June 27, 2019
Unpacking the Love Affair Between the LGBTQ Community and Design
The new survey book Queer x Design, written by Andy Campbell, chronicles the development of queer design, foregrounding politics and activism.
In any major city in the West, it sometimes feels like half the queer people you might meet are designers—and if they aren’t, their exes are. At least since Oscar Wilde’s 1882 tour of rural America, in which he delivered a one-man show of fashion tips and art recommendations, queers have negotiated society via the visual. Maybe we focus on beautifying our exteriors because society has long insisted our souls are ugly. Or maybe our genius for aesthetics is because, as Female Trouble’s Aunt Ida insists, “Queers are just better.” Birds of a feather flock together? We recruit? Who knows.
Art historian and curator Andy Campbell’s new survey Queer x Design: 50 Years of Signs, Symbols, Banners, Logos, and Graphic Art of LGBTQ (Black Dog & Leventhal, 2019) delves into this affinity. From a riotous 1928 illustrated ad for “Ma” Rainey’s “Prove It on Me Blues” single, in which the butch Rainey wears a three-piece-suit and flirts with a femme duo in full view of one truncheon-swinging cop, to the pretty vacancy of the Ellen Show logo, QxD demonstrates that queer design is here and we should be used to it by now.
Organized chronologically from the period Campbell terms “pre-liberation” and through the ‘70s, ‘80s, ‘90s, and 21st century, the volume includes all the expected hits, including the Silence=Death poster (rightly and refreshingly credited not to ACT UP but a predecessor, the Silence Equals Death Collective), the AIDS quilt, and the bare-minimum Red Ribbon. A welcome and lengthy dissection of the history various Pride flags, including its more controversial iterations, is the sexiest bit of vexillology imaginable, and a testament to the elasticity of Gilbert Baker’s original.
Campbell doesn’t stop there. A poster for a 1985 PFLAG convention is graceful and even a bit shady. An entry on José Sarria shows off his versatility: as a postwar drag queen, Sarria posed for the cover of his album No Camping as both saucy bride and a brooding young man; a decade or so later, he ran for the San Francisco Board of Supervisors with a campaign ad showing him in male drag with the fierce slogan “Equality!” The word, Campbell notes, is “printed in a type that mimics a cursive handwriting, as though Sarria had signed the poster with the word himself. To certain members of San Francisco’s electorate, the word itself would have been a tacit acknowledgement of the candidate’s homosexuality.” Talk about a John Hancock!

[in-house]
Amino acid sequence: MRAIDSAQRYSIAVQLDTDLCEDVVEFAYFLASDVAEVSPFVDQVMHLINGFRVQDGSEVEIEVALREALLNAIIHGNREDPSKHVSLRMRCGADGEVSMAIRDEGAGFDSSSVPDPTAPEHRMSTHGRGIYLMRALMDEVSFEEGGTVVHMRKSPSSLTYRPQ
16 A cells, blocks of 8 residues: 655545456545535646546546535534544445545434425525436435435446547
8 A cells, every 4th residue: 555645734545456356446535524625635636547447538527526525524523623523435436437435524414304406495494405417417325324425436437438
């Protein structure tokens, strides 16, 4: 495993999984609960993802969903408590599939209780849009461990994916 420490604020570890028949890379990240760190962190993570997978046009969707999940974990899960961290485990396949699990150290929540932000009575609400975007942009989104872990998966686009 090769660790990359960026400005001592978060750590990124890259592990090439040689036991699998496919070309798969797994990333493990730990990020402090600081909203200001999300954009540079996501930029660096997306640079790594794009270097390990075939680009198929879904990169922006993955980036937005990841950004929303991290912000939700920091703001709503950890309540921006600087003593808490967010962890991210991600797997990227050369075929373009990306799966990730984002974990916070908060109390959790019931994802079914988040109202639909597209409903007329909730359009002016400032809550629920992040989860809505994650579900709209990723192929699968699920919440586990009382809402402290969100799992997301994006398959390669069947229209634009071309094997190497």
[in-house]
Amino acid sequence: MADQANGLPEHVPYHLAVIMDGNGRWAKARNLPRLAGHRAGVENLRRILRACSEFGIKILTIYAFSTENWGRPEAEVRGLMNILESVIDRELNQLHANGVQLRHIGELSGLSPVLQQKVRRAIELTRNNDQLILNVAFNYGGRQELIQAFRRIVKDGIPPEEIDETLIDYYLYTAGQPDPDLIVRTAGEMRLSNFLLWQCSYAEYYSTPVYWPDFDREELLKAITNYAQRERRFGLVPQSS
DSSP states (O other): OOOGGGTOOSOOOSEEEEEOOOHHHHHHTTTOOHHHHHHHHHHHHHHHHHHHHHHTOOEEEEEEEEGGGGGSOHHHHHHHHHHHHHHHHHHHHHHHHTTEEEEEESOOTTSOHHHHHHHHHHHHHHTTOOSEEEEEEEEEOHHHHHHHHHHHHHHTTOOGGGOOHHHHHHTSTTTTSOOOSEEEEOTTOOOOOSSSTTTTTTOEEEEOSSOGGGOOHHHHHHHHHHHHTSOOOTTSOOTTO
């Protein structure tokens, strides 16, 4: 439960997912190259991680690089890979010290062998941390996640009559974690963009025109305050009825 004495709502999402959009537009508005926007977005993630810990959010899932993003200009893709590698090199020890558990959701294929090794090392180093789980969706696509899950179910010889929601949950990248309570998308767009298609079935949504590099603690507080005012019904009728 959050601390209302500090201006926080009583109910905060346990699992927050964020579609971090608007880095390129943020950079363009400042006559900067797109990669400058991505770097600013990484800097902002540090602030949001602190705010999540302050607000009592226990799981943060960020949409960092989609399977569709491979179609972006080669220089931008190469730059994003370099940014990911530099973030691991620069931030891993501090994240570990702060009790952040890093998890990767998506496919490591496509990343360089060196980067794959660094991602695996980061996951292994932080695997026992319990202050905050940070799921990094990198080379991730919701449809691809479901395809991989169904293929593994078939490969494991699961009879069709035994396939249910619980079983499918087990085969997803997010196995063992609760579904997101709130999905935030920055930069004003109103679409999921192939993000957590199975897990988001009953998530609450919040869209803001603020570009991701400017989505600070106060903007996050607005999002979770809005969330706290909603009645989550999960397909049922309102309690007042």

A “key feature in LGBTQ design,” Campbell writes, “is the ambivalent relationship between seeking broad social acceptance and finding innate value in homosexuality’s outlaw history.” The cover of Sylvester’s 1982 album All I Need gets the balance exactly right: part of-its-moment aspirational glamour, part Afro-Futuristic provocation, and queer as fuck. The leggy Pleasure Chest logo is also perfection. When designs err too much on assimilation, like Human Rights Campaign’s IKEA-esque logo, it reveals a bland corporatism. GLAAD’s ever-changing logo reveals a certain…uncertainty of goals.
But exploiting the “innate value” side of the equation has its own set of pitfalls. For every thrilling transgression like the 1970s lesbian S/M organization’s Samois logo, which creates intertwined Venus symbols out of handcuffs and rope, is a Grindr. Campbell unpacks the hookup app’s logo which, weirdly for an app designed to identify the queer people around you, is a mask. Making matters worse, founder Joel Simkhai waxes colonial about its inspiration, saying, “I went back to primitive tribal arts in Africa and Polynesia….It brings us back to basics, primal needs.” Gross.
As the subtitle promises, QxD keeps its gaze mostly on graphic and print design, though the few industrial designs Campbell includes—like the GC2B chest binder and Buck-Off sex toy for trans men—prove a survey of queer products could be fruitful. Campbell does foray into gay semiotics, and not just Hal Fischer’s post-structuralist/faux-Audubon masterpiece by that name, managing to avoid excess jargon. A discussion of the lambda includes an especially powerful image of a flyer for the Association of Black Gays, where the Greek letter rises inside a Black Power Fist. Lesbian feminists used to wield a labrys, the double-headed axe favored by real Minoans and mythical Amazonian giants, across t-shirts and publishing imprints as a kind of women’s will to power. Speaking of fabulous creatures, David Thaxton and Bernard “Bernie” Toale’s 1974 Lavender Rhinoceros mascot once appeared throughout the Boston subway system and should perhaps be revived to trample the city’s upcoming so-called “Straight Pride” parade. The rhinoceros is inexplicable, although there is of course its horn; more design should be so charming, risky, randy, and odd—just like the queer community itself. After all, the battles ahead offer one explanation of the queer love affair with design: when you must constantly assert, defend, and describe your public existence, representation sure does matter.
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